Except it didn’t quite work out like that.

“I remember getting out there, and he looked at me, seeming a bit nonplussed, and he said why don’t we get the microphones set up.”

Johnson came back with a set of very specific requirements in terms of what microphone she wanted to use.

Then he looked at me and said, ‘I wish you’d been earlier. This album would’ve been finished a lot earlier if you’d been here.’”

Beyond her crucial tenure with Primal Scream, Johnson continued to work with rock royalty from Mike Scott to Michael Hutchence, dipping her toe into solo waters when the mood took her.

“I’m one of those people who aren’t in a rush,” she says. “I never feel any pressure to do something.”
 It was only when Mancunian radio and TV presenter Terry Christian asked her to take part in a night that doesn’t sound too dissimilar to Neu! Reekie! that things started to move. Johnson hooked up with guitarist Tom Twemlow, who will be accompanying her on Friday. 

Johnson won’t be the first woman to grace Neu! Reekie! with a set of covers, and follows on from Charlotte Church reinventing herself by way of her revue-like Late Night Pop Dungeon experience.
If diaries hadn’t clashed, rather than singing in a church hall in Leith, Johnson would be back in Manchester for the launch of a new exhibition called Suffragette City – Portraits of Women in Manchester Music. Curated by Alison Surtees, co-founder of Manchester Digital Music Archive (MDMA), and opening at the start of a year that marks a century of women’s suffrage, Suffragette City is a celebration of some of the city music scene’s key movers and shakers who also happen to be women. These range from DJs, venue owners and sound engineers, to record label managers and even singers like Johnson.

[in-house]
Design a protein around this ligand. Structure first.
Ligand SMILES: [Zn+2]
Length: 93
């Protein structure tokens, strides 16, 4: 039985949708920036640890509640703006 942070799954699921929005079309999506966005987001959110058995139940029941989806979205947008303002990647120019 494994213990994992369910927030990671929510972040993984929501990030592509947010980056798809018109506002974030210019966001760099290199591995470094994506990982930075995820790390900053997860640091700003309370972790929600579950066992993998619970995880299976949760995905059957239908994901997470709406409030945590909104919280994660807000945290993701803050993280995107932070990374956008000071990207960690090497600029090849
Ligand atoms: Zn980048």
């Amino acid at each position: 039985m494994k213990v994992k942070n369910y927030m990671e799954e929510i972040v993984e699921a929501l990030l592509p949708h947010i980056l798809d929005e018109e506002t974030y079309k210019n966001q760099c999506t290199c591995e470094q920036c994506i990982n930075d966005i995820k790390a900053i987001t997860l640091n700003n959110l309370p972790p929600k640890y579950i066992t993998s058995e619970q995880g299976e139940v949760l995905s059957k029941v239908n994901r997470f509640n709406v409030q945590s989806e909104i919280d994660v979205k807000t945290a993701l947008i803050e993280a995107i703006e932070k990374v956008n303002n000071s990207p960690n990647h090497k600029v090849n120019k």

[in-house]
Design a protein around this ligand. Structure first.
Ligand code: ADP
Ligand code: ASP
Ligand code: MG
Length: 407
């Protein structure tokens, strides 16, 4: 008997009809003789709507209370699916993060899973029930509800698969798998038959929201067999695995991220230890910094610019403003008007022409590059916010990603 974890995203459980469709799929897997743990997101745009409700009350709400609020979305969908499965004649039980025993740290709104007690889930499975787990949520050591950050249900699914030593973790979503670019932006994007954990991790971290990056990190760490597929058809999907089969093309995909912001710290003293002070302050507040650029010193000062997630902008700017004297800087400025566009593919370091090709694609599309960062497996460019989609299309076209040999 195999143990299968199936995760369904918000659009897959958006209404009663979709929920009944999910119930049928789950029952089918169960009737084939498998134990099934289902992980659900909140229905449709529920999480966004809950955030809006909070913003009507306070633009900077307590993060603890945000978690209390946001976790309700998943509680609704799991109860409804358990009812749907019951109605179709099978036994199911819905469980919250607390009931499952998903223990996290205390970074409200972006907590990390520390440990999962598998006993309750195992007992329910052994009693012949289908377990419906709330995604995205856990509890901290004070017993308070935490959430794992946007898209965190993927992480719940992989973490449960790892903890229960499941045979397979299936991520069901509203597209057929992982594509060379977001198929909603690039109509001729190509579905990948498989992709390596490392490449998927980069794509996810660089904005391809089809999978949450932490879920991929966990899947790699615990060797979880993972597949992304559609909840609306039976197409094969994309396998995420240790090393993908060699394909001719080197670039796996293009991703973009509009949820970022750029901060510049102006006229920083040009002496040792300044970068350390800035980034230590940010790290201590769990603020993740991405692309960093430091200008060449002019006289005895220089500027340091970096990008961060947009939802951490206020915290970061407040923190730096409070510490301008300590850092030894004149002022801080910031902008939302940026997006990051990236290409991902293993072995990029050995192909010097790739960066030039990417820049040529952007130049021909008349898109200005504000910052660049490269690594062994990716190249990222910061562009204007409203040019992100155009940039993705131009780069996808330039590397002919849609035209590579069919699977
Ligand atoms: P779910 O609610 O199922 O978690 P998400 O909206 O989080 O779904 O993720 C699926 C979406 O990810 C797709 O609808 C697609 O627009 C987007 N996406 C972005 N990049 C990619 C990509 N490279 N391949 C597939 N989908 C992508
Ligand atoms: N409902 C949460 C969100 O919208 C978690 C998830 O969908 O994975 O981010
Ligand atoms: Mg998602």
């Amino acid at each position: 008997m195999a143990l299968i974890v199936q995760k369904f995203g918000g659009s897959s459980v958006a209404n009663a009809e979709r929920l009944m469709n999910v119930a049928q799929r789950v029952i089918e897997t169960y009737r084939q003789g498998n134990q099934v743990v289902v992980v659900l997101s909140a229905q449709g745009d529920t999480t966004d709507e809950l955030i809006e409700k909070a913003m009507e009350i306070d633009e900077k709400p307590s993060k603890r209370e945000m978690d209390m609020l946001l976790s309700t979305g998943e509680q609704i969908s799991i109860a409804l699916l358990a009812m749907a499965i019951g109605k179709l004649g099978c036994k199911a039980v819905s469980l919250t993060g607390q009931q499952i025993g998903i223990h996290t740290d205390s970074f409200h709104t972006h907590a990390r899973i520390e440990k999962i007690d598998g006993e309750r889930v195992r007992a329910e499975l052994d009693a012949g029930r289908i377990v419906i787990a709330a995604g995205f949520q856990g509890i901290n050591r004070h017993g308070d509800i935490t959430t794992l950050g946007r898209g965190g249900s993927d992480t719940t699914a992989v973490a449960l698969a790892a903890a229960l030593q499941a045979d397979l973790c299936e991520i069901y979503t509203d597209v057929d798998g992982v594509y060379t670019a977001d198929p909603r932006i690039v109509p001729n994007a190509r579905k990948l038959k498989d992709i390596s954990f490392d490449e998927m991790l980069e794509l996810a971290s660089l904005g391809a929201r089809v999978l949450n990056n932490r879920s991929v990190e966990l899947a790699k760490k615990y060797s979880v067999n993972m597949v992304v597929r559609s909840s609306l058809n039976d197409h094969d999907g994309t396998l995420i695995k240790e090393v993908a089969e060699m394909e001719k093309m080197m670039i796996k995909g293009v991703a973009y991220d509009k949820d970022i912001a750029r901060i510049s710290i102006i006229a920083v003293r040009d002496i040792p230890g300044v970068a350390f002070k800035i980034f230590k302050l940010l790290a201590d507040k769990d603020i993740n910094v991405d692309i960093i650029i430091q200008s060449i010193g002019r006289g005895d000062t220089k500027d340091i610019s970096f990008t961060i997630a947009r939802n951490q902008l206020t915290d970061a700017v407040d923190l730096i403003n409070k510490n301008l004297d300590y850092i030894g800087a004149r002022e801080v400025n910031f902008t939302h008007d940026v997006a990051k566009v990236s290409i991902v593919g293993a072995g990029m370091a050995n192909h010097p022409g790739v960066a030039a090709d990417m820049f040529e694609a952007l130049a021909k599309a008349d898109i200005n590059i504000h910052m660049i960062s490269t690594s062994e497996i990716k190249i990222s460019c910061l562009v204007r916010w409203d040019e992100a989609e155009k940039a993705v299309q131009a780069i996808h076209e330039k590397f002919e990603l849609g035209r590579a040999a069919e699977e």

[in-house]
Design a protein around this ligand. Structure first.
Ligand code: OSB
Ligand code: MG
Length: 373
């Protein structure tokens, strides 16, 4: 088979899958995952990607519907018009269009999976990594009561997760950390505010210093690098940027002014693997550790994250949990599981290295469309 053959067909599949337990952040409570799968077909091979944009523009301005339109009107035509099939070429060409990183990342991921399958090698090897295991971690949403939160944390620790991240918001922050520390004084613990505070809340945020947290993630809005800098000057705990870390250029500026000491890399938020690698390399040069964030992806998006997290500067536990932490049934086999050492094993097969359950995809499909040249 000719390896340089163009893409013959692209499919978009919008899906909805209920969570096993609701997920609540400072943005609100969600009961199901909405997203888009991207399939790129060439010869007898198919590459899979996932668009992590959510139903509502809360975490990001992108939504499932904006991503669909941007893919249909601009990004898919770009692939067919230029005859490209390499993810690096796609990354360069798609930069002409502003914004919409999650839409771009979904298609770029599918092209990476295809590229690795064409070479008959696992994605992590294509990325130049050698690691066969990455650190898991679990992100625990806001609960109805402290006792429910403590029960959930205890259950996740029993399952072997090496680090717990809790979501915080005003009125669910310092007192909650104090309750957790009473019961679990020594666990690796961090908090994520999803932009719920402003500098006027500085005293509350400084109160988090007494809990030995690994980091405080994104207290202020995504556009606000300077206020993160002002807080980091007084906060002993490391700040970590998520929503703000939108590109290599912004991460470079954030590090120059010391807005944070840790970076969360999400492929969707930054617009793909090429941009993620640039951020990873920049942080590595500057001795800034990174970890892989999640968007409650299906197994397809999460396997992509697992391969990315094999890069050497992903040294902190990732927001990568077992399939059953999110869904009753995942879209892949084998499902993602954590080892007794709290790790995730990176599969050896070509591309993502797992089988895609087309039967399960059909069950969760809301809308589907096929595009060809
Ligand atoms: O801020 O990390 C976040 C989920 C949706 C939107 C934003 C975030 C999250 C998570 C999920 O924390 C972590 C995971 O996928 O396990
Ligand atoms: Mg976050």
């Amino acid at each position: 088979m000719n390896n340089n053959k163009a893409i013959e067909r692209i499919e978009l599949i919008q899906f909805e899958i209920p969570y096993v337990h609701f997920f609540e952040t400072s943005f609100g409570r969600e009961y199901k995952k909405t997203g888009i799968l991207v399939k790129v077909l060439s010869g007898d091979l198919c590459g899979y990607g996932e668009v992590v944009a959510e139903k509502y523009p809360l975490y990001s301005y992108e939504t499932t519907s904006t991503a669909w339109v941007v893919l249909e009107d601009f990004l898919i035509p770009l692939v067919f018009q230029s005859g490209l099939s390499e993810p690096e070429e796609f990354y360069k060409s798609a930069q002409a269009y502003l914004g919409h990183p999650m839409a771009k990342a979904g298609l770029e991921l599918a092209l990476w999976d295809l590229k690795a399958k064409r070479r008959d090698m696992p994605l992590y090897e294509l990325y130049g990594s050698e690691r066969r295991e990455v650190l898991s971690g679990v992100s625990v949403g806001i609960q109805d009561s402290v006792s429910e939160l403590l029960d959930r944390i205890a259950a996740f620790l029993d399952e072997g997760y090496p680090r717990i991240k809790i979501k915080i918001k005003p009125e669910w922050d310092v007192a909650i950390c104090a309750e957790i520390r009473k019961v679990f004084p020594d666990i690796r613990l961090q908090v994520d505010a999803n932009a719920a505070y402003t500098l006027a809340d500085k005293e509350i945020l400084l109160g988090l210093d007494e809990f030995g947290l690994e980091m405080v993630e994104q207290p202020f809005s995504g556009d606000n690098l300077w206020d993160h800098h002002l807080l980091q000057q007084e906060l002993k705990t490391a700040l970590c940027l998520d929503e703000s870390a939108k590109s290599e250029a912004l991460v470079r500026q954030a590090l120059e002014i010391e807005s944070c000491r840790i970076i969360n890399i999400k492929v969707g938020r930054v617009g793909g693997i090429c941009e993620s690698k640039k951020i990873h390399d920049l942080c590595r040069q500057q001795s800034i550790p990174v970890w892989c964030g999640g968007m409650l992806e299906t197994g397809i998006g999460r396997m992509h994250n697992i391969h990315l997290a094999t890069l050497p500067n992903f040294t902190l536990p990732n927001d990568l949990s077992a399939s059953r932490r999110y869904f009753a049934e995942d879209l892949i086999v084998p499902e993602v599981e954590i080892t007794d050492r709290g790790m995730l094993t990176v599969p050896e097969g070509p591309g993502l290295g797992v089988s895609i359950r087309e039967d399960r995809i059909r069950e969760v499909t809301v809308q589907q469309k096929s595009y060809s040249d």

“It’s about recognising women in Manchester who don’t normally get recognised,” she says. “They had a poll, and I was recognised in the singers’ category, which was really nice. I’ve got to do a piece to camera about it, which is nice as well, because I know loads of singers in Manchester who get no recognition whatsoever.”

This raises the vexatious issue of how singers – usually female ones – are often dismissed as backing singers, no matter how much they might be carrying the main act.

“I don’t like how people sometimes treat other people just because they sing backing vocals,” Johnson says. “I’ve been lucky. People I’ve sung with have never treated me like that, but I’ve seen people who have. It’s funny how people look at you sometimes. I just put them straight.”